NEW ORLEANS (WGNO) — The toe of the saltwater wedge has retreated more than five miles since last week, and city officials are hoping that pattern continues.

The current National Weather Service forecast predicts the saltwater will reach Algiers on Nov. 23 and may not reach New Orleans’ East Bank intakes at all.

Officials with the Sewerage and Water Board of New Orleans assured council members they’re watching it closely.

“We are taking measures to be sure that if that changes, we’ve got plans in place, and we are ready to move,” said SWBNO Deputy General Superintendent Steve Nelson.

“We have a bid package out for the West Bank right now.”

Plans for Algiers include the Army Corps of Engineers barging in 14 million gallons of fresh water daily.

“The way that we’re going to make that happen is to place what’s called a cofferdam. It’s an enclosure around the intake. We’ll have what’s called a ‘spud barge,’ which is a barge that will sit in the river that will have pumps that can move the water from the Army Corps’ barges into the cofferdam, mix it if we need to, and then run that into our intakes,” said Nelson.

Sewerage and Water Board officials said, pending Thursday’s National Weather Service report from the Army Corps, they will move forward with their 12-mile pipeline plan for New Orleans’ East Bank.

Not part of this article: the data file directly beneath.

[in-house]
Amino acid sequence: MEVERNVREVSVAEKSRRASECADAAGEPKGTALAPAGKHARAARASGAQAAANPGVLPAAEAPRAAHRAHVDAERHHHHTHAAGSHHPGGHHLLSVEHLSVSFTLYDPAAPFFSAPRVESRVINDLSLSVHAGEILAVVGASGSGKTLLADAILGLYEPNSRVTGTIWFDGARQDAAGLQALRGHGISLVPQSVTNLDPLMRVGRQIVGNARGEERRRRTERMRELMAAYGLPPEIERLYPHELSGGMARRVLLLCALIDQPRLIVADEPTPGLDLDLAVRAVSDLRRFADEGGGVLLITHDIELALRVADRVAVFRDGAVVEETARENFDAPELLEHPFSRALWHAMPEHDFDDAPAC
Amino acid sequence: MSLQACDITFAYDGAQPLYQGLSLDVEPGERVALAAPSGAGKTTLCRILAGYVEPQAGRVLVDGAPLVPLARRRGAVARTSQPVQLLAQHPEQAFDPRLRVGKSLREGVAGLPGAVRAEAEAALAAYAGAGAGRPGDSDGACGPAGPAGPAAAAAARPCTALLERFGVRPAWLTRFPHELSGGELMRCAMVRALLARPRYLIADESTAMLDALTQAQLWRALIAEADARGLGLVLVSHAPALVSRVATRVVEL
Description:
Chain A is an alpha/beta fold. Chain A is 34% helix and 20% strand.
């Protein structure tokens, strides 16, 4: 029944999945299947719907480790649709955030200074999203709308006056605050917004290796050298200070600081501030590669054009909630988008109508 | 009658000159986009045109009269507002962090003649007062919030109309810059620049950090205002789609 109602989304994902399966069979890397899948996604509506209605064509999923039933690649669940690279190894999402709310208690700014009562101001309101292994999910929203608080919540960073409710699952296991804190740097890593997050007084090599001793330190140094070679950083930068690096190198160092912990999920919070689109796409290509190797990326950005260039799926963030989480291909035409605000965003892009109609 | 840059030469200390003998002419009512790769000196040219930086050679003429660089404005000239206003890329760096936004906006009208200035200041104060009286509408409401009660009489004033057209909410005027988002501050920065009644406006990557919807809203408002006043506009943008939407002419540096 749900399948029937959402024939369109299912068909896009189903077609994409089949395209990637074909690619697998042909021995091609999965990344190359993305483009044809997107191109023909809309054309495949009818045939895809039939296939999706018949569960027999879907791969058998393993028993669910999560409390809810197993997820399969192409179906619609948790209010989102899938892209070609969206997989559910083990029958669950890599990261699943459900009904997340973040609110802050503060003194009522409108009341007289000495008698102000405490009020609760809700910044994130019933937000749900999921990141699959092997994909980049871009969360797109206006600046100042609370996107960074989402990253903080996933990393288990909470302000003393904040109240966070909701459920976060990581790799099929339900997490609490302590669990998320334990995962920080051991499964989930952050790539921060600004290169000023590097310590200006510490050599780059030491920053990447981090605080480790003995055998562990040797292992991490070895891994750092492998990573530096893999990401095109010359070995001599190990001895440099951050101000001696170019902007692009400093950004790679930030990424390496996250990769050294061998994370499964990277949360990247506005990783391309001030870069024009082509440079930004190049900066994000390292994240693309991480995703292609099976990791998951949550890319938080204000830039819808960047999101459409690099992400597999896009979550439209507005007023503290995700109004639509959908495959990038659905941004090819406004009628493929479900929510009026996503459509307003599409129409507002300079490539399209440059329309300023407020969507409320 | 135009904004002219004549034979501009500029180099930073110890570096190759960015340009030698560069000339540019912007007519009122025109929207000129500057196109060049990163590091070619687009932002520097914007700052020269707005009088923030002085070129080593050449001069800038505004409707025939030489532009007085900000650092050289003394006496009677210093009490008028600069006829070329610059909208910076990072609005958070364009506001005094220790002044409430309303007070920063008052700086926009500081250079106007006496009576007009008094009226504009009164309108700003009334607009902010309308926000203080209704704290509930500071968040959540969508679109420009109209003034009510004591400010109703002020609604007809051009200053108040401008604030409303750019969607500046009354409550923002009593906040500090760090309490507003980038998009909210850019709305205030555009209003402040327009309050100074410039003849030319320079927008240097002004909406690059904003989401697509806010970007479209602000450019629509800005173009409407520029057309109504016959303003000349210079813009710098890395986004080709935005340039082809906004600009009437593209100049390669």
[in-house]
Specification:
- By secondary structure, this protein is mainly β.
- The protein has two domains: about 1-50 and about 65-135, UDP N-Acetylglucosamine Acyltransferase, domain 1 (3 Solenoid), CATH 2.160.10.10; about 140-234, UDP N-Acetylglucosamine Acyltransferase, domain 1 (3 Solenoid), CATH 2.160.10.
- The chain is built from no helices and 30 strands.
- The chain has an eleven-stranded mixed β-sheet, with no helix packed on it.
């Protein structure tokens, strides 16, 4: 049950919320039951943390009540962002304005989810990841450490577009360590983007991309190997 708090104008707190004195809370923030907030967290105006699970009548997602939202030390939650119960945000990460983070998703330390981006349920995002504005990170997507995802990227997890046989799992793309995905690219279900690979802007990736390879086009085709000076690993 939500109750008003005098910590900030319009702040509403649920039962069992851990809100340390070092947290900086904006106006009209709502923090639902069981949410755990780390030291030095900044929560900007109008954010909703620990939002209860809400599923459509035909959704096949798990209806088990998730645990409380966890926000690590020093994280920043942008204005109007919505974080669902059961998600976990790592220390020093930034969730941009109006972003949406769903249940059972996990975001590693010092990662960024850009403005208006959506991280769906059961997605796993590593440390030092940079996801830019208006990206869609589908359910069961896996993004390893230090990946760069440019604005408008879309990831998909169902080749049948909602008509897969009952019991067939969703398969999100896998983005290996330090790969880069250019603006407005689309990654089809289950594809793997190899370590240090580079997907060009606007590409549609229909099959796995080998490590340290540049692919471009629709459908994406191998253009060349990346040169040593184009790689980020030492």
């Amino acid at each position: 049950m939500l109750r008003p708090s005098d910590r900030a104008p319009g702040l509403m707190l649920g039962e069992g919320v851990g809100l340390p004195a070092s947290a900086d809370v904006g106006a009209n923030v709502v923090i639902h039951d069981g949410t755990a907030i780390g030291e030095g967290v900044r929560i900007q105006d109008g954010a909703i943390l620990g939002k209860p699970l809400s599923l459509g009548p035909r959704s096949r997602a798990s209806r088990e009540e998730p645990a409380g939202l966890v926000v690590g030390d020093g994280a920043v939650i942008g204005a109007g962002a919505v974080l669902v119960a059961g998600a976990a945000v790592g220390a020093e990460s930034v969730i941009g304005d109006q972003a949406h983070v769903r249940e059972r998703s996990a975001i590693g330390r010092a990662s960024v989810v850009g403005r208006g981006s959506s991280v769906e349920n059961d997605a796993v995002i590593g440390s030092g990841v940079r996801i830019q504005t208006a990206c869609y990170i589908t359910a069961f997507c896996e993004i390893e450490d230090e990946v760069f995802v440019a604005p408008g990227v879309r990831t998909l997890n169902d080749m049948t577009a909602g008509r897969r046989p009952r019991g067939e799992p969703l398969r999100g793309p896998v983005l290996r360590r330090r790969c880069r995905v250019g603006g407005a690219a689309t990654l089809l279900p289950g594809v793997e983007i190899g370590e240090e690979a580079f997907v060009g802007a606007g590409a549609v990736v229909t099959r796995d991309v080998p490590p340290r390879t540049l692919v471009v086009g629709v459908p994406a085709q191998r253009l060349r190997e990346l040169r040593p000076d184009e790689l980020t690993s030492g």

However, some council members wondered if the Sewerage and Water Board is lagging behind.

“We’re getting questions about Jefferson Parish’s progress on their pipeline,” said New Orleans City Councilwoman Lesli Harris. “Why haven’t we progressed? You’ve addressed it, but can you just address it head on?”

“It’s a much further distance for them to have to lay that pipeline down,” Nelson explained. “On our East Bank, again, we’ve been told by contractors that it can be completed within 30 days, and also given the dollars and cents we’re talking about, we need to be sure that we’re taking that into consideration.”

Sewerage and Water Board officials also said the pipeline would only be a temporary fix and that a regional desalination plant may be the long-term solution.

“We are working with our state partners and also working with the federal partners to start the discussion of what potential long-tern solutions there are in this region to address this issue,” said SWBNO General Superintendent Ron Spooner.

To view the SWBNO’s dashboard to track the saltwater wedge and to find resources, like tips on how to conserve water, visit their website.

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